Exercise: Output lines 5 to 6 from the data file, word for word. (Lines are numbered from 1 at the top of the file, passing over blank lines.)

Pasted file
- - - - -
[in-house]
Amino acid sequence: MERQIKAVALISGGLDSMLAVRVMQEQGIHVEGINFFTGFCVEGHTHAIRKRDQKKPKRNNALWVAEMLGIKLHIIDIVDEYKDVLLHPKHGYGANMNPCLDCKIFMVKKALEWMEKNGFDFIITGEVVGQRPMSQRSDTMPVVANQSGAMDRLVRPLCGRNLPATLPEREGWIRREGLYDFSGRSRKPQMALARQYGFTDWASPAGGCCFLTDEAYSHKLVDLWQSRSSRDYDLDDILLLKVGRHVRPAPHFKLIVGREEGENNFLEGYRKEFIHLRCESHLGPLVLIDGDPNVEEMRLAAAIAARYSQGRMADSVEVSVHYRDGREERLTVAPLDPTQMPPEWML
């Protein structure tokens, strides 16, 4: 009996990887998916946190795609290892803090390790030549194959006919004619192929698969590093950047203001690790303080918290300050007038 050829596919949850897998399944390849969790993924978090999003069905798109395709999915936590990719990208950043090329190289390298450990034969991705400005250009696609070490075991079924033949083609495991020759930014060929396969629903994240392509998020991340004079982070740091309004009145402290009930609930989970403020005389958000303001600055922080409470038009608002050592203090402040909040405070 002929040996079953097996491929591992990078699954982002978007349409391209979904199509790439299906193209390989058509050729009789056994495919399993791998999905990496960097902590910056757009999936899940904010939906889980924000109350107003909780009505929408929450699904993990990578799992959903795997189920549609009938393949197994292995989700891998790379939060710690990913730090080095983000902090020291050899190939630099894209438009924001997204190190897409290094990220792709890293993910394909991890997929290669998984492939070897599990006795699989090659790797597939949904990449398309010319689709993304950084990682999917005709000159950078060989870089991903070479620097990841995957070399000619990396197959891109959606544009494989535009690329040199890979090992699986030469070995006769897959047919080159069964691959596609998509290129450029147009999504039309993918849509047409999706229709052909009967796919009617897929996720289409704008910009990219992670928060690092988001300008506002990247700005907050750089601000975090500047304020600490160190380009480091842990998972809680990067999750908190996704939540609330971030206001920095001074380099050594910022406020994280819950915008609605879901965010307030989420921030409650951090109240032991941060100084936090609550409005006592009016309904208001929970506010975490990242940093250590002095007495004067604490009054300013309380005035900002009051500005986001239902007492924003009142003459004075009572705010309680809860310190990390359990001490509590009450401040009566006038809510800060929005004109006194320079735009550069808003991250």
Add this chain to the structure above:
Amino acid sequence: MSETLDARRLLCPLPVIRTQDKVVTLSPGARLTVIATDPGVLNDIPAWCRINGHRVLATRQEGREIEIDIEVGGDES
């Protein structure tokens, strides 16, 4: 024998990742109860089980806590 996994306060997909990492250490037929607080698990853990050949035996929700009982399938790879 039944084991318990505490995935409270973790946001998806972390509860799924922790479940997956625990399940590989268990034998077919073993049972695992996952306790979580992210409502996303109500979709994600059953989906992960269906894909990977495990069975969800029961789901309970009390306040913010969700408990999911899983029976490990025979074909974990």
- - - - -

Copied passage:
Amino acid sequence: MSETLDARRLLCPLPVIRTQDKVVTLSPGARLTVIATDPGVLNDIPAWCRINGHRVLATRQEGREIEIDIEVGGDES
């Protein structure tokens, strides 16, 4: 024998990742109860089980806590 996994306060997909990492250490037929607080698990853990050949035996929700009982399938790879 039944084991318990505490995935409270973790946001998806972390509860799924922790479940997956625990399940590989268990034998077919073993049972695992996952306790979580992210409502996303109500979709994600059953989906992960269906894909990977495990069975969800029961789901309970009390306040913010969700408990999911899983029976490990025979074909974990």